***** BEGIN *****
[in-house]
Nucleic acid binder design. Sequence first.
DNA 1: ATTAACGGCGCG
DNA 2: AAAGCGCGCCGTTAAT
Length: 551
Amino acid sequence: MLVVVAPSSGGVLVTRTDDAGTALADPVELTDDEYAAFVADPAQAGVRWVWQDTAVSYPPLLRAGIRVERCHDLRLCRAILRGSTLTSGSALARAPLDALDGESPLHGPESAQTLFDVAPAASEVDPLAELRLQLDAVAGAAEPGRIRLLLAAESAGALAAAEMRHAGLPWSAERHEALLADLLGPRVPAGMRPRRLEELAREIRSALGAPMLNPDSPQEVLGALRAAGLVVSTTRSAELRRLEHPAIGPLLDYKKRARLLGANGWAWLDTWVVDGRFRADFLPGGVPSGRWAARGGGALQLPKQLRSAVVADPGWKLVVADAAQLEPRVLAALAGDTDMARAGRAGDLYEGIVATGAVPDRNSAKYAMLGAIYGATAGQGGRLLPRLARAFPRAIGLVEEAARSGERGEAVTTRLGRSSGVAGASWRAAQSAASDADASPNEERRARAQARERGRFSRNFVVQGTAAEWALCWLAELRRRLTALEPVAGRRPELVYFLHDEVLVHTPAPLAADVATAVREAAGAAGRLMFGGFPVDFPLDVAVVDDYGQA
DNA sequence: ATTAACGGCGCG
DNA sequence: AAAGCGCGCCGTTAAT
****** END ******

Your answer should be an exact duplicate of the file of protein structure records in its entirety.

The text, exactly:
[in-house]
Nucleic acid binder design. Sequence first.
DNA 1: ATTAACGGCGCG
DNA 2: AAAGCGCGCCGTTAAT
Length: 551
Amino acid sequence: MLVVVAPSSGGVLVTRTDDAGTALADPVELTDDEYAAFVADPAQAGVRWVWQDTAVSYPPLLRAGIRVERCHDLRLCRAILRGSTLTSGSALARAPLDALDGESPLHGPESAQTLFDVAPAASEVDPLAELRLQLDAVAGAAEPGRIRLLLAAESAGALAAAEMRHAGLPWSAERHEALLADLLGPRVPAGMRPRRLEELAREIRSALGAPMLNPDSPQEVLGALRAAGLVVSTTRSAELRRLEHPAIGPLLDYKKRARLLGANGWAWLDTWVVDGRFRADFLPGGVPSGRWAARGGGALQLPKQLRSAVVADPGWKLVVADAAQLEPRVLAALAGDTDMARAGRAGDLYEGIVATGAVPDRNSAKYAMLGAIYGATAGQGGRLLPRLARAFPRAIGLVEEAARSGERGEAVTTRLGRSSGVAGASWRAAQSAASDADASPNEERRARAQARERGRFSRNFVVQGTAAEWALCWLAELRRRLTALEPVAGRRPELVYFLHDEVLVHTPAPLAADVATAVREAAGAAGRLMFGGFPVDFPLDVAVVDDYGQA
DNA sequence: ATTAACGGCGCG
DNA sequence: AAAGCGCGCCGTTAAT